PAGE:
We haven’t talked about Big 12 Conference expansion in a couple of weeks, so let’s get to it.
The biggest news that dropped today is from ESPN’s Brett McMurphy where he writes that the Big 12 is set to interview 17 schools for possible expansion:
The 17 schools that will make their presentations to the Big 12 include Cincinnati, Houston, BYU, South Florida, UCF, UConn, Memphis, Colorado State, Boise State, Tulane, Temple, East Carolina, SMU and New Mexico, sources said.
It should also be noted that expanding by two seems to be the direction things are headed, but also on the table is not expanding at all and that not expanding or expanding by two is the likely scenario. Gotta guess that this is an incredibly awesome game of chicken that the Big 12 is playing with their television partners.
The big news this week was that LGBT groups had sent a letter to the Big 12 last week notifying them of the issues with BYU’s LGBT policy. This is obviously a bit tricky because this very much dives into the political realm, something that I’ve tried to keep completely separate from STP. And to summarize BYU’s policy is a very rudimentary way, it is okay to be LGBT, but you just can’t act on it at school. Hopefully that makes sense, although it is a weird fence to straddle. We should also mention that Baylor previously had a similar policy, which outlaws “homosexual acts” but that was changed last year. Frank the Tank and Frank merely makes the case that it could have a profound affect on BYU entering the Big 12 and I think that’s accurate:
However, that doesn’t mean the Big 12 has to accept BYU simply because the school is exercising its First Amendment rights, either. The Big 12 is every bit as much as a private association as BYU or the LDS church itself, so the conference can apply whatever criteria it wants in choosing its members. As I wrote in my very first post about conference realignment, there are tons of off-the-field factors that can impact expansion decisions, such as academics, TV markets and brand value. Increased emphasis on the protection of LGBT rights can certainly be a game changer, especially when public support for LGBT causes has gone from a small minority 10 years ago to a clear majority in rapid fashion and is increasing everyday (with near-unanimity among those under the age of 40). It clearly has been a deal-breaker for the Pac-12 with respect to BYU, so none of us should be surprised if it ends up being the case for the Big 12.
And to be clear, I echo Frank’s sentiments that BYU is completely within it’s rights to have this stand. I certainly have no issue with the expression of that right, but the counter-point is that the Big 12 can choose to exclude them because of that stand.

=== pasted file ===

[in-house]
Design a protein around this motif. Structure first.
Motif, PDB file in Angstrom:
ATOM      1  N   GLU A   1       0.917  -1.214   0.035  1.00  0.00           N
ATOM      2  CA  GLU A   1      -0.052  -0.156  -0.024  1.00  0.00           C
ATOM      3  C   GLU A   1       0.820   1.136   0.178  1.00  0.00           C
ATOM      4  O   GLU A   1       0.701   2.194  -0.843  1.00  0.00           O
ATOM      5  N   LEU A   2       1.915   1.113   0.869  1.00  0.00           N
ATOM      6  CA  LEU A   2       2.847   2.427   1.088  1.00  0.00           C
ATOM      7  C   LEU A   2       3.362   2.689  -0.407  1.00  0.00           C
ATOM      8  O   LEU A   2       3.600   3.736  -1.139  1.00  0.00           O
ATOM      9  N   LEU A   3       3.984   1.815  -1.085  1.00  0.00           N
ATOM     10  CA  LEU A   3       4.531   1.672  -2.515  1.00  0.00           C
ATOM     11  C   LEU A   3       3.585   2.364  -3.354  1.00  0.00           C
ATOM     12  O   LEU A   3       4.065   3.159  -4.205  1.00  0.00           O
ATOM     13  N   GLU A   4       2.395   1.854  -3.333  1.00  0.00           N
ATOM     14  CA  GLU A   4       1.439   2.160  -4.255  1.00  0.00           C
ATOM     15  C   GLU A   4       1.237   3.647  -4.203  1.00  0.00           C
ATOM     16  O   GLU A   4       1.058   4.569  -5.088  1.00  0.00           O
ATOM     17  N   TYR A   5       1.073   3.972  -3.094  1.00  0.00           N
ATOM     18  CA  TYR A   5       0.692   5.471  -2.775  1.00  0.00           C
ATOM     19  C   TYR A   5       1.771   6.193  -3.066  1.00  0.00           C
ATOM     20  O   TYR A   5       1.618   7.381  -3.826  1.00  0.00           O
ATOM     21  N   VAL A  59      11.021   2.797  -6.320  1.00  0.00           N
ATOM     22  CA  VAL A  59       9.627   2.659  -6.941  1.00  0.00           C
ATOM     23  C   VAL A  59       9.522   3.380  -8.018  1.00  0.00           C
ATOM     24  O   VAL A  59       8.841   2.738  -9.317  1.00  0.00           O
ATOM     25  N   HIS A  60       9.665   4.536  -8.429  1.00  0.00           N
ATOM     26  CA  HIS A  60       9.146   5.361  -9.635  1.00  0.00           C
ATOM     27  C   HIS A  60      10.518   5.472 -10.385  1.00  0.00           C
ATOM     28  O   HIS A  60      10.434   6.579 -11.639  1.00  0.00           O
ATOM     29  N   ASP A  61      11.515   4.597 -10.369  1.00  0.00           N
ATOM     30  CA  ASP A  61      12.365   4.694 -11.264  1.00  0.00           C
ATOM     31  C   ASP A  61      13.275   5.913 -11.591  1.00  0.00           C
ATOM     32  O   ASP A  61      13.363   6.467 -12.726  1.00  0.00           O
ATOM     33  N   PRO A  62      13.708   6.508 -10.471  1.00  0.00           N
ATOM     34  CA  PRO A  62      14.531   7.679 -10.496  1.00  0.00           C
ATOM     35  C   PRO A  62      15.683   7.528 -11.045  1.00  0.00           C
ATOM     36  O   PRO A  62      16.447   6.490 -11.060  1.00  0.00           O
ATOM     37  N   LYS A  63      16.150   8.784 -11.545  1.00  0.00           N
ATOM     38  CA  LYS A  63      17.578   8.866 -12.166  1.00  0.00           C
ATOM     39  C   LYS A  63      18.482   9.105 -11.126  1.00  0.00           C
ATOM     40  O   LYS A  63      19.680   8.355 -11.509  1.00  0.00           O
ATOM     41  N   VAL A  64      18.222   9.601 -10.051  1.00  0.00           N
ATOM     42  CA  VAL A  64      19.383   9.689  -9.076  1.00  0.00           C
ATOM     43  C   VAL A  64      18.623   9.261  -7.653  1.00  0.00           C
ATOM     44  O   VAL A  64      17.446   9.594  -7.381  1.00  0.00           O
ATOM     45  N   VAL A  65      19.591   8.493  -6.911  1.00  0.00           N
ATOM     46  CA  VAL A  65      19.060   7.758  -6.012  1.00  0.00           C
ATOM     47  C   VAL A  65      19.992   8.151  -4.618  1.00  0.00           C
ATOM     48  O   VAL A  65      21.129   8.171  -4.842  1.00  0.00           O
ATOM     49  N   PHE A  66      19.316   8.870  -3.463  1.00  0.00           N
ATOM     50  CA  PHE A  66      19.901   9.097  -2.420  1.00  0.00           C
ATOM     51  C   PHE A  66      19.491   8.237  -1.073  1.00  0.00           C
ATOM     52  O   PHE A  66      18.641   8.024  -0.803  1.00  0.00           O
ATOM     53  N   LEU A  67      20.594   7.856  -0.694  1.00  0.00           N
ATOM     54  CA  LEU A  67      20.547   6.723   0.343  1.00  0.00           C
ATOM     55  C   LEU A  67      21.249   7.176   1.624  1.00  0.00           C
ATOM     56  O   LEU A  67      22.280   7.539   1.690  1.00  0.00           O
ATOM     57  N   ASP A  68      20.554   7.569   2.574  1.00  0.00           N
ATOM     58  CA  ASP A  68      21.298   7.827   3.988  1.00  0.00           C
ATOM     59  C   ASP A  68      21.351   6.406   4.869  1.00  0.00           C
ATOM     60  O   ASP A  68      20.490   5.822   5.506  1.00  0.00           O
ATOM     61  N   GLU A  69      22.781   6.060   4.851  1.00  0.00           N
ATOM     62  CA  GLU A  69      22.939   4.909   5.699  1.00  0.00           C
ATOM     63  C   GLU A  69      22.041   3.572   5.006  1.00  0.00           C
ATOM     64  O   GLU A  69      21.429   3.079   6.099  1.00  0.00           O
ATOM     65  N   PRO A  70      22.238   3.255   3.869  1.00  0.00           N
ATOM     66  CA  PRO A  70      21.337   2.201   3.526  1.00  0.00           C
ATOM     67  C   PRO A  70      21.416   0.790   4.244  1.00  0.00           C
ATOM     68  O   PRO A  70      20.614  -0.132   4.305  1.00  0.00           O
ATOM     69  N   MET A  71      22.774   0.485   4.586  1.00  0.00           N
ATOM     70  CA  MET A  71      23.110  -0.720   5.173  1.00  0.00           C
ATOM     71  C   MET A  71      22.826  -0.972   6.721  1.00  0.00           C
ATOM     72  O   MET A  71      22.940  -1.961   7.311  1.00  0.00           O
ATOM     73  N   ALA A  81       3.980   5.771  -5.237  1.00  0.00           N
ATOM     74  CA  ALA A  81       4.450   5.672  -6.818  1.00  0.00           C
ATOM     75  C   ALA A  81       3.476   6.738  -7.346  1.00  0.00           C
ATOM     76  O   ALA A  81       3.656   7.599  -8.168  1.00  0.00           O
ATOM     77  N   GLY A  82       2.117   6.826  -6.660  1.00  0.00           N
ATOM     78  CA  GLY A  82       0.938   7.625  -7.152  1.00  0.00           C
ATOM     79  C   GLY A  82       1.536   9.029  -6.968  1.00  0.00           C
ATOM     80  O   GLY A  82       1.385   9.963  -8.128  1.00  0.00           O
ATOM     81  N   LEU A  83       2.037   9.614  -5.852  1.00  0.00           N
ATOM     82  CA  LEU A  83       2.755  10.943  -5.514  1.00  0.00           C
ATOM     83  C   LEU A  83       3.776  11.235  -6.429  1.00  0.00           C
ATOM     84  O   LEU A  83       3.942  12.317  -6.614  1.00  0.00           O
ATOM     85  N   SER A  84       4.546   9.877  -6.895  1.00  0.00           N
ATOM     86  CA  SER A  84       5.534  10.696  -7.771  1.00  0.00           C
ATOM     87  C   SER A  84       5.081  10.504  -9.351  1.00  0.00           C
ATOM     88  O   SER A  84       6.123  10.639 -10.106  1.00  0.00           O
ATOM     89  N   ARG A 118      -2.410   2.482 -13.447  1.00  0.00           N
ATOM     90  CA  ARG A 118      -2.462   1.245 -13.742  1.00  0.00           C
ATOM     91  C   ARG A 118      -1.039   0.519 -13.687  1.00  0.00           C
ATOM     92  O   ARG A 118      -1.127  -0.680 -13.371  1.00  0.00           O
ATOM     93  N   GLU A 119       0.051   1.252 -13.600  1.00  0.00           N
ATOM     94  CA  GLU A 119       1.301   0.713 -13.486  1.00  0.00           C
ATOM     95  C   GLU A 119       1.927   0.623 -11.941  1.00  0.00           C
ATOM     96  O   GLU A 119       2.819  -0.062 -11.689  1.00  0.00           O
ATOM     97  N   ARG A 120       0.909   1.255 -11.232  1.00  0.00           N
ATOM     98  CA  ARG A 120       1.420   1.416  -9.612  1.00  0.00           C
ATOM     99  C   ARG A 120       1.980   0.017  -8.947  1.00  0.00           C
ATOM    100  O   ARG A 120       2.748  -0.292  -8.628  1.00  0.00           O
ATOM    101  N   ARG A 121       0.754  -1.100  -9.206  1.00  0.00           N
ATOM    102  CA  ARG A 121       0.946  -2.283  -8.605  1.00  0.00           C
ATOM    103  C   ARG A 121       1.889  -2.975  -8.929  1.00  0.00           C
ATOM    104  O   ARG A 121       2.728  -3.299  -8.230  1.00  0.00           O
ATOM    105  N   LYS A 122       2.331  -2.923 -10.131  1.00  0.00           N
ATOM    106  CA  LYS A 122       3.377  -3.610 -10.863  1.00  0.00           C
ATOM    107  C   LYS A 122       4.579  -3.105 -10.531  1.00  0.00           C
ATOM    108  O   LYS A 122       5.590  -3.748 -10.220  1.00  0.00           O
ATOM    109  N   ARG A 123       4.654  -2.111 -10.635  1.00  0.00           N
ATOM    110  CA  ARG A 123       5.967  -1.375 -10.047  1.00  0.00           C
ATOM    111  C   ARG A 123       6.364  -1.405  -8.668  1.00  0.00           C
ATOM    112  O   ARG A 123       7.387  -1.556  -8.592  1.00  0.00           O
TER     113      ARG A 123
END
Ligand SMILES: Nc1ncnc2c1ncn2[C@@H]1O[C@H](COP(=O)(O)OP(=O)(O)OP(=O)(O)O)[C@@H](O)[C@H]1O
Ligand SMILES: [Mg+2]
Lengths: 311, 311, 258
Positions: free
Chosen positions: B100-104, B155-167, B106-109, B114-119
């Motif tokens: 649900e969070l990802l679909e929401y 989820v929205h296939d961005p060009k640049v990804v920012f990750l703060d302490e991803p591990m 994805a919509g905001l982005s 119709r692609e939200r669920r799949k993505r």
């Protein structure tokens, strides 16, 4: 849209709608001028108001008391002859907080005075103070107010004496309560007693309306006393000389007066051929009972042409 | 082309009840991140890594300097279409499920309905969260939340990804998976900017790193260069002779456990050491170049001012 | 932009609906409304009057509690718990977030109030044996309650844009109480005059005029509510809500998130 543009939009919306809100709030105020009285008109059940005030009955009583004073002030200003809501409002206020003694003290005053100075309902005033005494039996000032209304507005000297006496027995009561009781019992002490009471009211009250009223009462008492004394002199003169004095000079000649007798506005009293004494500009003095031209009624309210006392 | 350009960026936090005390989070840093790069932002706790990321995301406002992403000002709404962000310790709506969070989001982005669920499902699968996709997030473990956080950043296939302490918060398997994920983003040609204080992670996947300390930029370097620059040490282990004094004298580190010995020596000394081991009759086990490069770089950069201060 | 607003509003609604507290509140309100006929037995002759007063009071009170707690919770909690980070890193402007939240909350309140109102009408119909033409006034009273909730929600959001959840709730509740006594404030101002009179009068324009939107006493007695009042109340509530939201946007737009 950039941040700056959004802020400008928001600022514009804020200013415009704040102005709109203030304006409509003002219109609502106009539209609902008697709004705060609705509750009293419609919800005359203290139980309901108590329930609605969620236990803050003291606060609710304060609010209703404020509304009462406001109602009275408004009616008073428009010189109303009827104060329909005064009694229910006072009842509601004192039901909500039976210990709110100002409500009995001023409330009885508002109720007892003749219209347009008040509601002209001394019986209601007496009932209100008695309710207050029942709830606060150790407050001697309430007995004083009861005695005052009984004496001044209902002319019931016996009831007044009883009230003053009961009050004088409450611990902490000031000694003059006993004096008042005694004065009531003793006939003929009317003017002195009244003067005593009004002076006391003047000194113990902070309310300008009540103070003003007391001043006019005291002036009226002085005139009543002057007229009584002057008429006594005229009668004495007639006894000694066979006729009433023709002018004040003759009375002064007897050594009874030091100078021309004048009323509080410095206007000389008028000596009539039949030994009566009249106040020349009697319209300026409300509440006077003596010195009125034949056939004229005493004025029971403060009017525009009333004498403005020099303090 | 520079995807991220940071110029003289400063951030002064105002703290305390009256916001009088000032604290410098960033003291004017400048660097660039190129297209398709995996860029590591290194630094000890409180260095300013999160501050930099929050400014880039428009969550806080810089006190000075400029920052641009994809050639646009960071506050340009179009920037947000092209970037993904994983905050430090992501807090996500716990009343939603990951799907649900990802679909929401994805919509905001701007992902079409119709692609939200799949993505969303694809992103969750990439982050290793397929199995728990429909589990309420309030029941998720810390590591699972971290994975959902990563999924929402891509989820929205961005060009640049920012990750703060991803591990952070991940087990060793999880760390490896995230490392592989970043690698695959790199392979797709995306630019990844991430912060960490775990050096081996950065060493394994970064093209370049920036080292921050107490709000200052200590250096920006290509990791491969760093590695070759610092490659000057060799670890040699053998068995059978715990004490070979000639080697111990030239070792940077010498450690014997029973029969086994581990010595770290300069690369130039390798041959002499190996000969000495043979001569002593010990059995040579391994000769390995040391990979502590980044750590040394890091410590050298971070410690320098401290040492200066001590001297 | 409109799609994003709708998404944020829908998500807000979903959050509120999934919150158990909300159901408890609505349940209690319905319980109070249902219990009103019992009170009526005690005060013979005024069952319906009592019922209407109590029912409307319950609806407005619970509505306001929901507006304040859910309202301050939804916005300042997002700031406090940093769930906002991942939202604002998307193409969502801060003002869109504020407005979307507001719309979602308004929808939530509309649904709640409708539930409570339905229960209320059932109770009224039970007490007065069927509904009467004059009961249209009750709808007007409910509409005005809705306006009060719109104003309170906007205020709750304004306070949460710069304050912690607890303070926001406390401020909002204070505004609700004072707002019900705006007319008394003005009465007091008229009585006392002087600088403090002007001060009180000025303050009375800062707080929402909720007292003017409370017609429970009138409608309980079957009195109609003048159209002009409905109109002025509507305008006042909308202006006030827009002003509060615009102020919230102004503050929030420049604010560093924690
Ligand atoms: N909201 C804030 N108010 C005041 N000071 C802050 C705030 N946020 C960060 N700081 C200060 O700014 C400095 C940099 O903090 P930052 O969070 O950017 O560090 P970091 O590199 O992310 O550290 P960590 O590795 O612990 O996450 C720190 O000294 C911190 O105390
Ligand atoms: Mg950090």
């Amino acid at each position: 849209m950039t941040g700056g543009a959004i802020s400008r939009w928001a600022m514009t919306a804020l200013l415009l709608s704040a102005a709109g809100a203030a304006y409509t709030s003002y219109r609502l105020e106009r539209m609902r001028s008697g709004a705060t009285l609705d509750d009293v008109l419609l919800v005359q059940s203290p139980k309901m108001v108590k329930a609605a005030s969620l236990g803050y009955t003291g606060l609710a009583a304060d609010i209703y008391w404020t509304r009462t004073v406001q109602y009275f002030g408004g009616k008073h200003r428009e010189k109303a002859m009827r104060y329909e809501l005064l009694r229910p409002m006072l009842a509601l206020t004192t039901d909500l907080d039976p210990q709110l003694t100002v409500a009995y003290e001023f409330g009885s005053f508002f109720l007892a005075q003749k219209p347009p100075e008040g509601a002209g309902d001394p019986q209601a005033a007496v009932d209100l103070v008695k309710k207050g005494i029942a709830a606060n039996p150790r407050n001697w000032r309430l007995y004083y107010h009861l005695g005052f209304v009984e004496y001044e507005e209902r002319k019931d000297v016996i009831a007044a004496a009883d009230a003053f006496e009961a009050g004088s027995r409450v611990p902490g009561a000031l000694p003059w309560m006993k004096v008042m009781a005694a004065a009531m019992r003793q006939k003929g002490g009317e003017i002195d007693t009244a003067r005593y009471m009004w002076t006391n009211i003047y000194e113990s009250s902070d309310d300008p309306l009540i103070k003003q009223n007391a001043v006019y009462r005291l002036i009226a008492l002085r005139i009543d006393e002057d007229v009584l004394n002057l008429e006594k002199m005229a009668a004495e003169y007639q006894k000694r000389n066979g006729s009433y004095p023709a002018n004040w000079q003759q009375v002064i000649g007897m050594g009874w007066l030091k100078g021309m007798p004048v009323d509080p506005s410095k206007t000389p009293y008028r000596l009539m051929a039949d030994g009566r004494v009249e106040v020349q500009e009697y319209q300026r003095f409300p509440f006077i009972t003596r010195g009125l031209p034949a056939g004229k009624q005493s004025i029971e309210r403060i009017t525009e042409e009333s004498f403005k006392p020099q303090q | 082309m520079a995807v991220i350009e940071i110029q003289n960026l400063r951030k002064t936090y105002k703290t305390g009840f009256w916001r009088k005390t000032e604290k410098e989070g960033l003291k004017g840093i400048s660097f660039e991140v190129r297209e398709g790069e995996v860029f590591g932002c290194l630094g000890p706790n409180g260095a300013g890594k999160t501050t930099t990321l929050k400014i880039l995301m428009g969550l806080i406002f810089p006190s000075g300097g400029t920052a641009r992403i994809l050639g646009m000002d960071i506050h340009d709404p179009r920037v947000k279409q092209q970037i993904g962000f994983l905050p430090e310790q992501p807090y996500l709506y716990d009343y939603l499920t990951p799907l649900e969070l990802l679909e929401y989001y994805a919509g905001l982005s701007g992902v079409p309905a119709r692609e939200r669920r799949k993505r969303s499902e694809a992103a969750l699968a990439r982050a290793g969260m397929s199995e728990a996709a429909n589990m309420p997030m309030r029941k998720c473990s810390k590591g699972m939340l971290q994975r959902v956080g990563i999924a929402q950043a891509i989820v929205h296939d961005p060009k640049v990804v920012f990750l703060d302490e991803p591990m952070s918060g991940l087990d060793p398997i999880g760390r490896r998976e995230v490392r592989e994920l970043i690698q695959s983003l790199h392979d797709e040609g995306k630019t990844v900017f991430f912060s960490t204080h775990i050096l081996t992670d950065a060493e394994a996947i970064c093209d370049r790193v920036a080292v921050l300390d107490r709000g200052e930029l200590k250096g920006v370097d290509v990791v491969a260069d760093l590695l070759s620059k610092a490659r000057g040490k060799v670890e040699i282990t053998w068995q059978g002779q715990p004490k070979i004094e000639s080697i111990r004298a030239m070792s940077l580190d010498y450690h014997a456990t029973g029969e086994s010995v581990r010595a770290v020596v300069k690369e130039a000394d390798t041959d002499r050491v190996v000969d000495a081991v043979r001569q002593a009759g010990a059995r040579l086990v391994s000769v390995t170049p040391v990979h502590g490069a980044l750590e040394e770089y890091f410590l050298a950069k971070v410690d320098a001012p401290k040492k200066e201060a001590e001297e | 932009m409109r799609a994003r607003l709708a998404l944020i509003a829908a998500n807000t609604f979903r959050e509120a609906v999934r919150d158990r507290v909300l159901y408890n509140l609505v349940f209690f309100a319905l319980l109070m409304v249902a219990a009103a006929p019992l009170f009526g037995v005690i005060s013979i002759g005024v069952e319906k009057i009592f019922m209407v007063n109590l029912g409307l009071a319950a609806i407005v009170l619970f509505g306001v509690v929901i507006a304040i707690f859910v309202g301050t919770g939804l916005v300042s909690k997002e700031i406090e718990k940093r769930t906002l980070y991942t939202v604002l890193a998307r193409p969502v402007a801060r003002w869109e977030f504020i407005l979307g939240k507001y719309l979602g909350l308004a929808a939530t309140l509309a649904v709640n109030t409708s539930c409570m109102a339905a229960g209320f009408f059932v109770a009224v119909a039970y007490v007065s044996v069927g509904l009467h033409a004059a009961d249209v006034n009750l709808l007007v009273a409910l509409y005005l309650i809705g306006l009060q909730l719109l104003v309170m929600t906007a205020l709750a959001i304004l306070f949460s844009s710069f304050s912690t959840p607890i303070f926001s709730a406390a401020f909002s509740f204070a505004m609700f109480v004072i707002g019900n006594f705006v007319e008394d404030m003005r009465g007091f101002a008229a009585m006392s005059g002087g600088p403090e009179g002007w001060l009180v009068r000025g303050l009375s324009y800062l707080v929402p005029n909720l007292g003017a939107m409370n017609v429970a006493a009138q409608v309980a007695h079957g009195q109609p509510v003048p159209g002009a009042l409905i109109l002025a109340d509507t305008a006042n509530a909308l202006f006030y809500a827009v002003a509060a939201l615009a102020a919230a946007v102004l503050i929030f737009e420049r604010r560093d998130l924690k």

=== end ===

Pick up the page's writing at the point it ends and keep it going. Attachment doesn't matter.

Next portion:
Our buddy, NewsOK’s Berry Tramel, asks if the Big 12 powers are truly playing poker with ESPN and FOX and gives two theories:
1. Big 12 fathers know the league is doomed, and that come 2025 and the end of the grant of rights that has tethered the members together, schools will go the way of the wind. So take all the money you can get now, which means milk the networks for $100 million extra a year, to be divided mostly with the current members and not with the newcomers.
2. Big 12 fathers, alarmed at falling too far behind the Big Ten and the SEC in media payouts, are using their TV contract to extort more cash and/or concessions from ESPN and FOX.
I think both of these are true and I’m, at this point, I’m near convinced that the Big 12 shuters in 2025, so have a great time until then. As an aside, Tramel’s opinion is that the Big 12 doesn’t really want more members, but just wants more money.
ESPN’s Jake Trotter and SI’s Pete Thamel have similar articles that essentially state that by adding Houston or some comparable school isn’t going to water down the Big 12, which seems to be the narrative that ESPN and FOX believe. I’m honestly indifferent about Houston. I really don’t think they would be good for the Big 12 members in Texas competing with Houston, but if they were added I wouldn’t be protesting outside the Big 12 offices either. The non-Texas Big 12 members aren’t real excited about adding another Texas team and I certain understand that. A conference that is dominated by a state in a sense, with Texas Tech, Texas, TCU, Baylor and possibly Houston would give the state of Texas 5 members. Of course, Oklahoma, Kansas and Iowa don’t really have any in-state options so they’re already at a disadvantage.
Colorado State will have their own beer garden at their stadium. Believe it or not, someone at the CSU athletic offices actually emailed me about this and the renderings are fantastic. Perhaps the biggest story is how CSU is reaching out to STP about some of this stuff.